Inside an Award-Winning Pacific Heights Home
An uplifting transformation takes it to the next level.
Perched on the steep slopes of Pacific Heights, this contemporary home with captivating panoramic views reigns supreme. Jeremy Mendoza of Roli Poli Studio says the home capitalizes on its location — where mountain transitions to valley — and lifts the homeowners’ “experience to a new level.”
Mendoza and Derrick Pei of Kai Ridge Construction LLC were tasked with the home’s transformation. The original property had undergone several alterations over the years and had suffered severe termite damage. It needed a lot of work — and Mendoza and Pei were up to the challenge.
“Originally, the idea was to consider completely building new, however, upon further discovery during the initial design proposals, it became clear that a major renovation/addition was more advantageous from a feasibility and constructability standpoint,” says Mendoza.
The pair faced a number of difficulties along the way. For starters, the team had to work with the partially nonconforming structure of the existing home, as well as the steep slope it was built on. This made access and staging particularly tricky.
The building envelope itself also presented a challenge, limiting construction options and shaping the addition of the house. “Even with the 30-inch vertical allowance for residential projects on sloped lots, the steep slope quickly started carving out where we were allowed to build,” shares Mendoza. “It ultimately decided the stacked form of the home with cantilevered levels and multiple entertaining decks.”
Despite each hurdle, Mendoza and Pei persevered — and the end result is proof of their dedication and inventiveness. “For me personally, I always want to create something different from others,” shares Pei, adding that the vision was to make something unique and contemporary that would suit the homeowners’ lifestyle.
The three-story residence has five bedrooms and 3 ½ baths, with a balance between private and public spaces, an important design concept in any home. The top floor is made for entertaining, the middle is for the homeowners’ use only and the bottom level is designed as a guest suite and recreational area. A total of five decks create usable outdoor spaces on each floor of the residence.
The original nonconforming garage was kept but enclosed, along with exterior material changes. The front yard is recessed and the main entrance is tucked to the side with a custom mahogany pivot door, which leads to an extra-wide foyer. The top level was designed to impress from the moment of entry, shares Mendoza.
Inside, the large living area and kitchen flow together in an open floor plan. “Being the public entrance to the home, we designed this level as the entertainment focal point of the project,” says Mendoza. A seamless indoor-outdoor experience is made with 20-foot folding glass doors that extend the living space to the expansive rooftop deck outside.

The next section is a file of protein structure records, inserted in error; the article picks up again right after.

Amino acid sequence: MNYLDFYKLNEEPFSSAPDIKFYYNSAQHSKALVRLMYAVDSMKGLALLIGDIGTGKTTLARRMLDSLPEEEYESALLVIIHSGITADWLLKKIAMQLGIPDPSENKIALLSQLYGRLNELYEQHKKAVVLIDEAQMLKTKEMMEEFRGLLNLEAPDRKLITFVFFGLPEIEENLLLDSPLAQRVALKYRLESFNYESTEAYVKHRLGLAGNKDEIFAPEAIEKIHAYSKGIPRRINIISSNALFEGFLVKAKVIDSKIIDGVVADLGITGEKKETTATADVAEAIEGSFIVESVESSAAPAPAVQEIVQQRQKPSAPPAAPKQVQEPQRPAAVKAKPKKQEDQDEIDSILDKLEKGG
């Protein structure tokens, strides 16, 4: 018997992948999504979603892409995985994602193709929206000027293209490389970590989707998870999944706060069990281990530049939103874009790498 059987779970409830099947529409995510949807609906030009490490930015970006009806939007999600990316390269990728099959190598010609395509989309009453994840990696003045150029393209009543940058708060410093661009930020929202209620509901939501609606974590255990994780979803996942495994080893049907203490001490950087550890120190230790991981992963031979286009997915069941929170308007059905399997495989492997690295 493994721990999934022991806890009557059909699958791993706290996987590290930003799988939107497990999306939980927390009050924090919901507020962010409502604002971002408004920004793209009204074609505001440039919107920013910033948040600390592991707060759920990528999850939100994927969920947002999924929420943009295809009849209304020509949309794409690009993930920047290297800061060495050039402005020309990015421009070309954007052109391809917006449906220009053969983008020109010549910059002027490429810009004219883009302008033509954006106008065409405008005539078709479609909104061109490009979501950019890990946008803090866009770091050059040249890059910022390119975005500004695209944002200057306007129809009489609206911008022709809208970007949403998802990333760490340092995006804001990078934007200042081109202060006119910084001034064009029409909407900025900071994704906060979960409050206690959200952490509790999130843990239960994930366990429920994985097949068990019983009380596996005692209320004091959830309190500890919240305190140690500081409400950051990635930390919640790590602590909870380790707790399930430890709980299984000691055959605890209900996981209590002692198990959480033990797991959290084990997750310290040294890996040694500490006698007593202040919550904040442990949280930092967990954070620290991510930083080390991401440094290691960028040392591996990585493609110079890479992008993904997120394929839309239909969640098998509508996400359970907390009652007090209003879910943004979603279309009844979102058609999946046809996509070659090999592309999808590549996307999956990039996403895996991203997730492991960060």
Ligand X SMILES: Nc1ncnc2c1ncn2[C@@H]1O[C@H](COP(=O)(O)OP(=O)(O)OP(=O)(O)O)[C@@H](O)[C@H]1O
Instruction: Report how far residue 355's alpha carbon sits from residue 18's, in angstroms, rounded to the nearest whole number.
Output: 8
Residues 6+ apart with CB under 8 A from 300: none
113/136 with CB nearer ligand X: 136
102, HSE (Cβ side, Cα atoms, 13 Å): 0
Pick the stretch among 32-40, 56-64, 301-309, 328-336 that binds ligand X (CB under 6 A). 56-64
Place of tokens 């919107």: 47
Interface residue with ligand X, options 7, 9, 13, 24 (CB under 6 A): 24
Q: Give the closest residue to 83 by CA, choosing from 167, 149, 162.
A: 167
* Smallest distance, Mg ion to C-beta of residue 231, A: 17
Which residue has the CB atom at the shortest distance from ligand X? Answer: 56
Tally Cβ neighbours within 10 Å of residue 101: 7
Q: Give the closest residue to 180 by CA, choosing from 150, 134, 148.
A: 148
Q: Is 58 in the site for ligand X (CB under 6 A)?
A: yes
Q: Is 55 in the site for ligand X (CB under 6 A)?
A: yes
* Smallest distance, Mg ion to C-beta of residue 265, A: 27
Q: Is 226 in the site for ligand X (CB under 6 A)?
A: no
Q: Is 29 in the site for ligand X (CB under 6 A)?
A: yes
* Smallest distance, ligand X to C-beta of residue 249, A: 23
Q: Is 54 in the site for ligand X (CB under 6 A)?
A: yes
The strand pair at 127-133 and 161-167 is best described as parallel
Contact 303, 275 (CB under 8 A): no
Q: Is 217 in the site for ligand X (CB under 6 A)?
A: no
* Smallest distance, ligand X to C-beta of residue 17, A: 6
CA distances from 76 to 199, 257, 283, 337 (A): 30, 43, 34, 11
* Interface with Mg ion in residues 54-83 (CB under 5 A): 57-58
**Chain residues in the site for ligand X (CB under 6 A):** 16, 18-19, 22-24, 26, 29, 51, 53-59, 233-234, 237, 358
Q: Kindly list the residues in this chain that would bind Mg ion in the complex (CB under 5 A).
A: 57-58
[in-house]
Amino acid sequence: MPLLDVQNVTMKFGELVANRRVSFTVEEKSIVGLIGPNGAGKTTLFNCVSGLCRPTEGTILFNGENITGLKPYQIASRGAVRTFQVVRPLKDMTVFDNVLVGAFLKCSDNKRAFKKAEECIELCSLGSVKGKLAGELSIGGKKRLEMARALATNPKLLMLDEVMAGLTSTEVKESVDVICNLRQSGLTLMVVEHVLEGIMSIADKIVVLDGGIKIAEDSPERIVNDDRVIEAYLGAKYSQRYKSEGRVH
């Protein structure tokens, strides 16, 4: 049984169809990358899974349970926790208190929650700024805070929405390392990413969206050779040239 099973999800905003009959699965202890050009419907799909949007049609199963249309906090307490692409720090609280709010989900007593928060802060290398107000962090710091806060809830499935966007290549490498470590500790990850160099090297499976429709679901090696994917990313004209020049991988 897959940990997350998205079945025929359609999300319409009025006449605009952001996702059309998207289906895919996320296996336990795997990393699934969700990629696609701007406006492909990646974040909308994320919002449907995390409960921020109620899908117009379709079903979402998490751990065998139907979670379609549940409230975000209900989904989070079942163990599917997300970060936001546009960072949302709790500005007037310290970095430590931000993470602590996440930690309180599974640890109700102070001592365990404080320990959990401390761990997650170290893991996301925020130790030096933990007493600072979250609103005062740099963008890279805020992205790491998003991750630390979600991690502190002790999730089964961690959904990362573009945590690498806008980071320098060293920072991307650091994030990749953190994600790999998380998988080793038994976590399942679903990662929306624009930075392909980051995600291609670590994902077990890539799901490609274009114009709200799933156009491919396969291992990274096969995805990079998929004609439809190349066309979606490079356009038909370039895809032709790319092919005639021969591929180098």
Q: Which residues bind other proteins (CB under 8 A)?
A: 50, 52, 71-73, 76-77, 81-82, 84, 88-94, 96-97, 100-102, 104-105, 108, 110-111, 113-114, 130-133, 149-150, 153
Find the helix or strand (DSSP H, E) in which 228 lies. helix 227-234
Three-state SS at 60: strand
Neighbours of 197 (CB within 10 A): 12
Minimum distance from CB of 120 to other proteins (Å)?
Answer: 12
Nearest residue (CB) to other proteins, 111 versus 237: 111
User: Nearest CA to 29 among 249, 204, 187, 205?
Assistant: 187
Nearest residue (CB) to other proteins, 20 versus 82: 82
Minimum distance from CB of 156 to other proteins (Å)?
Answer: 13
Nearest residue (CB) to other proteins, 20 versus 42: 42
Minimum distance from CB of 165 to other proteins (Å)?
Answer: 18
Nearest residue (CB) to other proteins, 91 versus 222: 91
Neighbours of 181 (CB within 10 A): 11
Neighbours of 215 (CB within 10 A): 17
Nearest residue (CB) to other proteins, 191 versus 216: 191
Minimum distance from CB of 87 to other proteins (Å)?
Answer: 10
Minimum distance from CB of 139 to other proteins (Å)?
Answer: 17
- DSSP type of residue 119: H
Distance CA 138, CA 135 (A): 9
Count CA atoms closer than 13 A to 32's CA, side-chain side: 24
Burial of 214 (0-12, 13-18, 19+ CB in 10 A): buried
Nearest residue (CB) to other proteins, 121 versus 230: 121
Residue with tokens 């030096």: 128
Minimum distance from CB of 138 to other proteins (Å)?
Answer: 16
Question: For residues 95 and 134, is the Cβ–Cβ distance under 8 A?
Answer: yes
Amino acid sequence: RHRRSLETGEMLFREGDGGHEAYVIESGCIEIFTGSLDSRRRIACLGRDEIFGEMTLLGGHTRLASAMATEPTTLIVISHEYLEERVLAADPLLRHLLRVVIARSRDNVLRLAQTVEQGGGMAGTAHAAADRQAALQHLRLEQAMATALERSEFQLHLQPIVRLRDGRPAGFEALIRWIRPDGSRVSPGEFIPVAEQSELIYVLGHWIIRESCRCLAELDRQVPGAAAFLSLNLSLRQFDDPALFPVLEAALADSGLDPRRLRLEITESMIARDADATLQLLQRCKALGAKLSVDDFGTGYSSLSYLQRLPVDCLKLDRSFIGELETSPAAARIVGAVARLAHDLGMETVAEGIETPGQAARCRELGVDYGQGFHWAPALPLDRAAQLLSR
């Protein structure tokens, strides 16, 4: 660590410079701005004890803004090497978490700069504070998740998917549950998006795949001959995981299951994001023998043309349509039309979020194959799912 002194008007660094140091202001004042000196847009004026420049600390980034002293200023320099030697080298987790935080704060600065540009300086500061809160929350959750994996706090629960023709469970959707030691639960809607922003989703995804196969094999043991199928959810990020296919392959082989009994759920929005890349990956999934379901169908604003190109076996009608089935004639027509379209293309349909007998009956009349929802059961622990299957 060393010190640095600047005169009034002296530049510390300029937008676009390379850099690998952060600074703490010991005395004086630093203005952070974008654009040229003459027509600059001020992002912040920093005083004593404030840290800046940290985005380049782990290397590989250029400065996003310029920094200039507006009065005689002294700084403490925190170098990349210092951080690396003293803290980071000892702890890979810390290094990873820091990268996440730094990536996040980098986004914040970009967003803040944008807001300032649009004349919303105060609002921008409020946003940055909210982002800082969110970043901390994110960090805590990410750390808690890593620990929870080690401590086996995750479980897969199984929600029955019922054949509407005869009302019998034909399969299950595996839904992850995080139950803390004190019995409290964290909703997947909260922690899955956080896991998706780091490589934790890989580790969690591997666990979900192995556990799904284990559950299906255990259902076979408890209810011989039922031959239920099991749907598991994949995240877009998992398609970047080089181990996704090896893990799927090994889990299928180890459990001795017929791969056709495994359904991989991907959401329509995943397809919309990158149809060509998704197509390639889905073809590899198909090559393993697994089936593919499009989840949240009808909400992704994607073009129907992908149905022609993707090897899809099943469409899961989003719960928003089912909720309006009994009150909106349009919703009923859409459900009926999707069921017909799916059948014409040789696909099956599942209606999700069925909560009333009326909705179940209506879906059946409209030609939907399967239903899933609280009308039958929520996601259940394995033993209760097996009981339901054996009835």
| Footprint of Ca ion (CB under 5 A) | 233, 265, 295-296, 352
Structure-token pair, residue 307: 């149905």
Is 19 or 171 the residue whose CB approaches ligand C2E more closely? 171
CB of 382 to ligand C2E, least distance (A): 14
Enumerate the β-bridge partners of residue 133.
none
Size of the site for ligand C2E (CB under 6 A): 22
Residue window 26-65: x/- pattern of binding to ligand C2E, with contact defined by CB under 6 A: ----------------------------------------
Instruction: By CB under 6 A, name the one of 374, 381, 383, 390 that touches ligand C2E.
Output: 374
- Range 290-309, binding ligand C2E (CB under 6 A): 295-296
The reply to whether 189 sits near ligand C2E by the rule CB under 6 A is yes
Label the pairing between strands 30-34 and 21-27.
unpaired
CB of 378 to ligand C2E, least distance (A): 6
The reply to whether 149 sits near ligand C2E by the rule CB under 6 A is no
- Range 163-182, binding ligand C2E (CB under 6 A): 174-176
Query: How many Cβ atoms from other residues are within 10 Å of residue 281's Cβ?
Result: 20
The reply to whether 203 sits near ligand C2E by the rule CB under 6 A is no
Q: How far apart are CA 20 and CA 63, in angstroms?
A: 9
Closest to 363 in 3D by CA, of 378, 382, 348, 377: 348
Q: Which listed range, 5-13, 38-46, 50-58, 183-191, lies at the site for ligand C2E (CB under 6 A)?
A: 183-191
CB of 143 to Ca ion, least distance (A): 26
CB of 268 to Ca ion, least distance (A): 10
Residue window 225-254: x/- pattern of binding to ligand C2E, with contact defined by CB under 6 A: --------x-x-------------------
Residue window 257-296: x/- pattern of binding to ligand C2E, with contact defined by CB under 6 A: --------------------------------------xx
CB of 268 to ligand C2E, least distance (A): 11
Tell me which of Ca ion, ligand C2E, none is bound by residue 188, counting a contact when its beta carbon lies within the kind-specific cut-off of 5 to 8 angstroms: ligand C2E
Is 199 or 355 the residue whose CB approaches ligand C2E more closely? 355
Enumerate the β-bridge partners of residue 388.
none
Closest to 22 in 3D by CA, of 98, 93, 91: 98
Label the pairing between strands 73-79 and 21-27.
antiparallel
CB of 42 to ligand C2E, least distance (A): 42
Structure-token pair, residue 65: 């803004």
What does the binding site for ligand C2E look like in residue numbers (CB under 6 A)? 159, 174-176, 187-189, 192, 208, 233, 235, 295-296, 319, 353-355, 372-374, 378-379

The kitchen is split into wet and dry zones right next to each other. A double-wide infinity edge island is the focal point and, in lieu of a dining area, serves as the main space to eat and cook. Instead of a traditional tiled backsplash, windows provide views and ventilation. It’s one of Mendoza’s favorite features. When you sit down at the island, he says, instead of a backsplash, homeowners will have a view of the Honolulu skyline.
The stairs — where custom-sized windows provide pops of greenery as you go up and down — lead you to the second level that’s reserved for the homeowners. On this floor are a family room, two bedrooms, two bathrooms, a laundry room and a master suite. To accommodate all of this, the second level cantilevers in two directions, 8 feet out over the slope and 3 feet to the side, shares Mendoza. The master suite has its own private balcony with large sliding glass doors, as well as
an en suite bath and walk-in closet.
On the bottom floor, guests have their very own retreat. “The lowest level was designed as a guest suite and for auxiliary spaces such as an entertainment room and private office spaces,” says Mendoza. This floor connects to the multilevel recreation decks outside. To create this level of the home, major excavation was done — all manually due to the lack of space for heavy machinery, shares Pei. He recalls the laborious efforts by his team to demolish and remove lava rocks and boulders. But, he says, it was all worth it in the end.
“This home was unique in how the marrying of the original skeleton of the home and the new parts of the home are not what would be typically expected in what would be considered a renovation,” adds Mendoza. “The original home was endearing, but lacked the ability to evolve to fit the lives of the owners and needed repairs that warranted a major reworking of the program, structure and finishes. However, if it wasn’t for the original home, the new home couldn’t exist as it currently is. It owes its existence to the life of the former home.”
Editor’s Note: For this project, Roli Poli Studio received the Hawaii Home + Remodeling Editor’s Choice Award at the Design Awards competition of the Honolulu chapter of the American Institute of Architects.